The analysis of remotely sensed data acquired in 1994 and 2000 for the coastal area of Hai Phong (Table 3) indicates that the converted area from mangroves to shrimp farms was largest in An Hai District (196.9 ha) and smallest in Kien Thuy District (18.9 ha). The farm area in all districts during this period increased, while the mangrove area increased in only two districts of Cat Hai and Kien Thuy. The mangrove area in the district of An Hai in 2000 was larger than that in 1994 (846.9 ha compared to 688.0 ha). The increased area was planned replanting of mangrove implemented in this district. The total converted area increased by 81.6 percent from 1994 to 2000.
Coastal shrimp farming in Hai Phong is also facing environmental problems, such as water pollution in shrimp ponds due to concentrating wastes (solid, dissolved, toxic) using fertilizer and lime, and water waste. The concentration of nutrients is increasing from the beginning to the end of a harvest. In comparison with Vietnamese Environment Standards (VES) for coastal water, the concentration of nitrite (NO2) of pond water (0.12 mg l−1 to 0.33mg l−1) is higher than that of VES (0.01 mg l−1). Hydrogen sulfide (H2S) concentration (0.042 mg l−1) is also higher than that of VES (0.005 mg l−1) (Toan, 1999). This situation generates costs for polluted water treatment that are mentioned as TRC (Table 1) and computed into environmental costs.
Bottom sediments inside coastal shrimp farms are contaminated by components containing gases of H2S and ammonia (NH3) that can be emitted into the aqueous environment to cause the degradation of shrimp farm environments (Cu and Hoa, 1990). The concentrations of these gases range from 5 to 30 mg l−1 in the sediment and dissolved oxygen (DO) can be as low as 0 mg l−1 in the sediment (Cu and Hoa, 1990) inside coastal shrimp farms in Hai Phong.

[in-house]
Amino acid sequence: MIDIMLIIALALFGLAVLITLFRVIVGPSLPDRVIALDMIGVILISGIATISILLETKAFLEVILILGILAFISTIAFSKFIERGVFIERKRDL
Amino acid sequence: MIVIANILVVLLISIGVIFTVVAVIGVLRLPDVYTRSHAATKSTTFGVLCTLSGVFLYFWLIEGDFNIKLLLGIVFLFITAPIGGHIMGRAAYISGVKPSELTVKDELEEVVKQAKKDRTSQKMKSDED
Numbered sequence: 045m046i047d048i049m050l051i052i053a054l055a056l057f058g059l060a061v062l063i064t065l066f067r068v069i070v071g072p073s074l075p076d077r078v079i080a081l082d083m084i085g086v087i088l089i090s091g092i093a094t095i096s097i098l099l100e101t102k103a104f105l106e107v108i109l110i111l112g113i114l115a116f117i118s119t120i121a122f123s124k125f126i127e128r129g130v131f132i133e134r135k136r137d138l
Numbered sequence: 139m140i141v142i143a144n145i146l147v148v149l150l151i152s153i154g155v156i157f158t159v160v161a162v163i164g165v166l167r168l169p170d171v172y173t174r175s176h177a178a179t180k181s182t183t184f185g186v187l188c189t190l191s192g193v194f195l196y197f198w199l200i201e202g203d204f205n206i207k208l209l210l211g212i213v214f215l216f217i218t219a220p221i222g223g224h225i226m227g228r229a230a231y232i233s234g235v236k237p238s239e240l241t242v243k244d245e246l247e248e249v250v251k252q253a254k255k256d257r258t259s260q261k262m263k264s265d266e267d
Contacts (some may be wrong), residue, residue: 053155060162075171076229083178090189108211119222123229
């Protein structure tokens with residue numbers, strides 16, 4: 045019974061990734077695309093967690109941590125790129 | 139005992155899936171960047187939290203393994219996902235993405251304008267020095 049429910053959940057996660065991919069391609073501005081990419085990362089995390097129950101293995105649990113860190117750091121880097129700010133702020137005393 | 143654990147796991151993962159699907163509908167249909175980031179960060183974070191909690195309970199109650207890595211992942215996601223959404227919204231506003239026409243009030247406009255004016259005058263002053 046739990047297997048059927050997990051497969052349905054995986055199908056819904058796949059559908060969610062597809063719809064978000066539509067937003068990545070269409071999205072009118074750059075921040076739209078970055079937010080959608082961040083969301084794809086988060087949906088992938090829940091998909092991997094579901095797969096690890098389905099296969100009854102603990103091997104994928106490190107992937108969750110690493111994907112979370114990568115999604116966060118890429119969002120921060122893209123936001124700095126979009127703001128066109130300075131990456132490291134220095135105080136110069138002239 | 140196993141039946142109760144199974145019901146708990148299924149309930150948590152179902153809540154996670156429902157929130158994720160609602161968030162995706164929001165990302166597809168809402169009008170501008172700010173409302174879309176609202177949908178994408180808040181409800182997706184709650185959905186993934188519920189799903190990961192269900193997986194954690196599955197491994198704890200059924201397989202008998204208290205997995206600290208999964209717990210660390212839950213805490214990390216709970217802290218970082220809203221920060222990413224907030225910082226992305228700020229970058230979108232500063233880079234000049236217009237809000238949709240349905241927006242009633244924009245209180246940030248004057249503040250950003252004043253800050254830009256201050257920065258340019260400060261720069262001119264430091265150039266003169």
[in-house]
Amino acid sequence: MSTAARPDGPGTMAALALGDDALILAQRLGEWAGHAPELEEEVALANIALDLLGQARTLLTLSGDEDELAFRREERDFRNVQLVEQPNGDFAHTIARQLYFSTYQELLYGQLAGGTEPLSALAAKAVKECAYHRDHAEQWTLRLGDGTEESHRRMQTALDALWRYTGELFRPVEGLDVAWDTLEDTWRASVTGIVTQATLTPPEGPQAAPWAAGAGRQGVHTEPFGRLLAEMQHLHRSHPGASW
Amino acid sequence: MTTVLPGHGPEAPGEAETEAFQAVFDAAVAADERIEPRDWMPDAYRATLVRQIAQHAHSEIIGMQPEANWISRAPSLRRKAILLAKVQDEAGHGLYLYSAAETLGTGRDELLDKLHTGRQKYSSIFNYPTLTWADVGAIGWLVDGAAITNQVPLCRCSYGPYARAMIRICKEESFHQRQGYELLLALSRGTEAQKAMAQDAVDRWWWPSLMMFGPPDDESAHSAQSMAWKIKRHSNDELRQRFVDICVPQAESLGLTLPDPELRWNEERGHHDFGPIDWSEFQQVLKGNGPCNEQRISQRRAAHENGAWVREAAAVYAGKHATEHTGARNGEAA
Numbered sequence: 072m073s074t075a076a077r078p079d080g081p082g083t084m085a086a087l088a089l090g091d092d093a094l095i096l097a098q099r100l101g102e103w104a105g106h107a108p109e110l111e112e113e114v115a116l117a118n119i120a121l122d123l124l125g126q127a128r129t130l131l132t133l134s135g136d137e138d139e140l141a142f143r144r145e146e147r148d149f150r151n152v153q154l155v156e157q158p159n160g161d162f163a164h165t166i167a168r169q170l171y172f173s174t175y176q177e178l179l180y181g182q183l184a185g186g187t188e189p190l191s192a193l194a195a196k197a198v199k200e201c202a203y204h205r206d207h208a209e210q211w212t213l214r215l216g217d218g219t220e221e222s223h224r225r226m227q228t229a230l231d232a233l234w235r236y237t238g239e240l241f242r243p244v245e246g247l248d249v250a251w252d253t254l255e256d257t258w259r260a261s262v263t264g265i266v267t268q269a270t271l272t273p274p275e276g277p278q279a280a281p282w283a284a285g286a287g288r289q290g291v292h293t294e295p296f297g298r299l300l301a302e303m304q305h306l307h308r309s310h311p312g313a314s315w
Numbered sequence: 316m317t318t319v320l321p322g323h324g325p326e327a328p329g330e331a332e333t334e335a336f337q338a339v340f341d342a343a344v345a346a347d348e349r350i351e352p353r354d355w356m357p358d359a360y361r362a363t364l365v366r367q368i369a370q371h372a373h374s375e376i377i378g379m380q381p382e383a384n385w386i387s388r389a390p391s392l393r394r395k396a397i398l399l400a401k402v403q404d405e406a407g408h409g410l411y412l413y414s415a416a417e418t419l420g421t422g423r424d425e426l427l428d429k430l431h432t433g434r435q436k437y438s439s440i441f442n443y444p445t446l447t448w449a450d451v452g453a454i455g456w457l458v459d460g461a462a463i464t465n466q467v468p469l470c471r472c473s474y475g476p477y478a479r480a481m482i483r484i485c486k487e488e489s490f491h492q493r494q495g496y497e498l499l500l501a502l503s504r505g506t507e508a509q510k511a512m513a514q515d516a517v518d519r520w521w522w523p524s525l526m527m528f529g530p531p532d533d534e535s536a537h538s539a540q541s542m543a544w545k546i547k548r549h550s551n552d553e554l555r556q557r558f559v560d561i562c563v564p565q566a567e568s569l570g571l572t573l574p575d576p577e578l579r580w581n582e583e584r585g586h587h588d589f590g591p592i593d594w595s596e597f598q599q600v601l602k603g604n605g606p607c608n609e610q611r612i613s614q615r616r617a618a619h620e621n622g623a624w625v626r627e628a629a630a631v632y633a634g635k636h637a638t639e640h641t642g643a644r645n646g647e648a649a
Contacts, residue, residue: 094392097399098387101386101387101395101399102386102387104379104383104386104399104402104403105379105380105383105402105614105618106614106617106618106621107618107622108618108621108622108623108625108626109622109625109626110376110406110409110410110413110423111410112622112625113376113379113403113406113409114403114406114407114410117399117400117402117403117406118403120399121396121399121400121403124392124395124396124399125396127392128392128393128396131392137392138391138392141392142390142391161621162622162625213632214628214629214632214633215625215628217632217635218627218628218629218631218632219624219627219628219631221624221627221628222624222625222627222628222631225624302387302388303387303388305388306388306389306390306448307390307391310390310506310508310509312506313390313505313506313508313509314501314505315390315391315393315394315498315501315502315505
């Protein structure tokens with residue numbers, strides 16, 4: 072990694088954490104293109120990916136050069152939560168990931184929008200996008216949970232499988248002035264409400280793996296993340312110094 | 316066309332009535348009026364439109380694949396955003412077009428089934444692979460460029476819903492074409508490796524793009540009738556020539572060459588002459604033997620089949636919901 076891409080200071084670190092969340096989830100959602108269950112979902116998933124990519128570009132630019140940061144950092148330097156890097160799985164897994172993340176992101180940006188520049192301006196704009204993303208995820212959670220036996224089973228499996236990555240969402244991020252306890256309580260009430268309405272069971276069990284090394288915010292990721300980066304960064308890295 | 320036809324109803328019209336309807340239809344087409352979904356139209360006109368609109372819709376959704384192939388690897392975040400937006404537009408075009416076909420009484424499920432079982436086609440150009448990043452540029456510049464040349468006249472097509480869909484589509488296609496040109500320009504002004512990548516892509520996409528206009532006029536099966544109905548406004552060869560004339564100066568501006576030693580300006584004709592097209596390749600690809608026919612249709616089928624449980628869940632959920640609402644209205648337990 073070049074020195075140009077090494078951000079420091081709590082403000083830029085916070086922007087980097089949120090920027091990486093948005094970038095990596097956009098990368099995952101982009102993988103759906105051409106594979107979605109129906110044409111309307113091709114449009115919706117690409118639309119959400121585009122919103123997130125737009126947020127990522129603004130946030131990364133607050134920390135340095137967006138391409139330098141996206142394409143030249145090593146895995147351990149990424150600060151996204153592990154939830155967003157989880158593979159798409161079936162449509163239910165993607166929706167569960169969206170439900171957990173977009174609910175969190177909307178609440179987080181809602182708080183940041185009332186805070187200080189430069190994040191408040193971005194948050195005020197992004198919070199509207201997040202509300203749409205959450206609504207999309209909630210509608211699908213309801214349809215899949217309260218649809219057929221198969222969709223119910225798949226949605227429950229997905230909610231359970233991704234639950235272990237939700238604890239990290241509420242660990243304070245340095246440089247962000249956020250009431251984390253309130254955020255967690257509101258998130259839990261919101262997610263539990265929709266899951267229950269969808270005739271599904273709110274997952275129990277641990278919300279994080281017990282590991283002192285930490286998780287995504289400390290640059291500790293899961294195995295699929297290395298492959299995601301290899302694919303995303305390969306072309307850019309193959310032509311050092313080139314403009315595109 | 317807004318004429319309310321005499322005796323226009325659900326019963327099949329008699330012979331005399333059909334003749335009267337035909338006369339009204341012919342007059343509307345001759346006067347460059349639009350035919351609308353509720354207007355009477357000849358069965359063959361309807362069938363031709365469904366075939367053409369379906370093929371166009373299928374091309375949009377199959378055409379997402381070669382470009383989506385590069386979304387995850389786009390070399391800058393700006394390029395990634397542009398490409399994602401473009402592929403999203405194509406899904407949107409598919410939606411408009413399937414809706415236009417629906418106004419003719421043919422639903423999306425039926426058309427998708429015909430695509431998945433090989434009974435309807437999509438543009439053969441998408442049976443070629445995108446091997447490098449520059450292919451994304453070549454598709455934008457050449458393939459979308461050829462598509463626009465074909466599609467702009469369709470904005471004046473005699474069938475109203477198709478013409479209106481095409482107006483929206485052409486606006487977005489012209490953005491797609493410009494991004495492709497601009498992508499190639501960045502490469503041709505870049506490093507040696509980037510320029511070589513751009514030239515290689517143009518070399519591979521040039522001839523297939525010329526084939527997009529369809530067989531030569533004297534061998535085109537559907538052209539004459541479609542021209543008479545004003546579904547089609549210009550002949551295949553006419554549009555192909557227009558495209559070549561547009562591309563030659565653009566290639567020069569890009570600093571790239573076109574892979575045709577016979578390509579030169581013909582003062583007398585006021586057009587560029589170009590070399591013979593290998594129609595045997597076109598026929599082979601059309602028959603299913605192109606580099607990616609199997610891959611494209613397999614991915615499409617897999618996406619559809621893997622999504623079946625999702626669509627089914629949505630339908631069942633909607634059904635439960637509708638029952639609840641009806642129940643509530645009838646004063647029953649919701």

Although in Hai Phong, water pollution in aquaculture ponds has occurred, the coastal waters outside aquaculture area is still good since shrimp farms cover less than 20 percent of the total potential area for aquaculture. As shrimp farms are sparse in coastal districts, wastes from culturing are a relatively insignificant cause of coastal water pollution.
Estimation of environmental costs from coastal shrimp farming
The environmental impacts from coastal shrimp farming can be evaluated monetarily using an economic model. Unfortunately, there is no available data for aquaculture environmental cost valuation for North Vietnam. As such, coastal shrimp farming in Hai Phong was selected as a case study for estimation of environmental cost. Due to the limited of data, the average cost per productive unit is used. This approach overcomes the difficulties of differences in shrimp farms, sample size and lack of data.
The estimation of environmental costs of coastal shrimp farming in Hai Phong was calculated using the method of least squares and the Cobb-Douglas function (Lan, 2003). The data were collected from existing sources and from surveys around Hai Phong from 2001 to 2003 and the environmental cost model for Hai Phong is: